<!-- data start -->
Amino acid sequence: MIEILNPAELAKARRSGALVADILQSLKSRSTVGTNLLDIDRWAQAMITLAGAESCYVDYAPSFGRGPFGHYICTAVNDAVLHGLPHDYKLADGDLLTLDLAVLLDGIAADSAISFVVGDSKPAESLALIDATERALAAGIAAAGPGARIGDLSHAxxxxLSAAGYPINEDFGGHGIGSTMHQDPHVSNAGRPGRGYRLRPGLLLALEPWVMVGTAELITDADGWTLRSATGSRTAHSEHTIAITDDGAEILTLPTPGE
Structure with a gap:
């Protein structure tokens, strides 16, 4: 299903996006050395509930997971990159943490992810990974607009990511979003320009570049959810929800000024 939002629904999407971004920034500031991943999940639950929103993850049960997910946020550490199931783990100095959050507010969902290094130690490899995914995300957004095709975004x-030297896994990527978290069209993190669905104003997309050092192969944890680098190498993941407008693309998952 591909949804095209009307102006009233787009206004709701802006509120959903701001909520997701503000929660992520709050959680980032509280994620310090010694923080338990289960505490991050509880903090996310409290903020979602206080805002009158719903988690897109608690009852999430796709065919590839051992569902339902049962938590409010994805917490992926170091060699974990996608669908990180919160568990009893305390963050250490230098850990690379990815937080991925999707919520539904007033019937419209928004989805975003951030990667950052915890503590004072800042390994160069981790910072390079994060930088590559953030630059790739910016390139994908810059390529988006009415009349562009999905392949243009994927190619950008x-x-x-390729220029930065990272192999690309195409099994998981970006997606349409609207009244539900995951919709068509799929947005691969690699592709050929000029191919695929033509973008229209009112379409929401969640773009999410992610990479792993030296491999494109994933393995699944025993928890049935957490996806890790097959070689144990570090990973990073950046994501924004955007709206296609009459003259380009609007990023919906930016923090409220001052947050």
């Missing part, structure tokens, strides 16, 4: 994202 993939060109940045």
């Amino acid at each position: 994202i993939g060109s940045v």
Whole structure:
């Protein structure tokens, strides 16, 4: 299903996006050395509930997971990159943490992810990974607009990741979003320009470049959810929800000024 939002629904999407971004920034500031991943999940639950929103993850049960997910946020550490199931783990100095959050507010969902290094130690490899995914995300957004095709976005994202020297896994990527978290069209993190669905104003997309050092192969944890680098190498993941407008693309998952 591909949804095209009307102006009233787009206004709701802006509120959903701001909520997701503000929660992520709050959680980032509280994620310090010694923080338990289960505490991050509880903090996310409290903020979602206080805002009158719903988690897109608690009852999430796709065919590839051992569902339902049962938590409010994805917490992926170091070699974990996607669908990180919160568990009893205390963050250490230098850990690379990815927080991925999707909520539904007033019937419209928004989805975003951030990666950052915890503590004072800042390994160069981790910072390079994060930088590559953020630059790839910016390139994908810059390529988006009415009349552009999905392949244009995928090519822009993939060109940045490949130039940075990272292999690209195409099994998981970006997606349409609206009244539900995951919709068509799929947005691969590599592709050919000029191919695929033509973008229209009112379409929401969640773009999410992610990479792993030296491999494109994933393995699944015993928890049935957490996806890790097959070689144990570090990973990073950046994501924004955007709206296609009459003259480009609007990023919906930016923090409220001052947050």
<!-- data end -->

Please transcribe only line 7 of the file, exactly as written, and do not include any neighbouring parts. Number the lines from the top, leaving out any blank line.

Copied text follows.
């Protein structure tokens, strides 16, 4: 299903996006050395509930997971990159943490992810990974607009990741979003320009470049959810929800000024 939002629904999407971004920034500031991943999940639950929103993850049960997910946020550490199931783990100095959050507010969902290094130690490899995914995300957004095709976005994202020297896994990527978290069209993190669905104003997309050092192969944890680098190498993941407008693309998952 591909949804095209009307102006009233787009206004709701802006509120959903701001909520997701503000929660992520709050959680980032509280994620310090010694923080338990289960505490991050509880903090996310409290903020979602206080805002009158719903988690897109608690009852999430796709065919590839051992569902339902049962938590409010994805917490992926170091070699974990996607669908990180919160568990009893205390963050250490230098850990690379990815927080991925999707909520539904007033019937419209928004989805975003951030990666950052915890503590004072800042390994160069981790910072390079994060930088590559953020630059790839910016390139994908810059390529988006009415009349552009999905392949244009995928090519822009993939060109940045490949130039940075990272292999690209195409099994998981970006997606349409609206009244539900995951919709068509799929947005691969590599592709050919000029191919695929033509973008229209009112379409929401969640773009999410992610990479792993030296491999494109994933393995699944015993928890049935957490996806890790097959070689144990570090990973990073950046994501924004955007709206296609009459003259480009609007990023919906930016923090409220001052947050």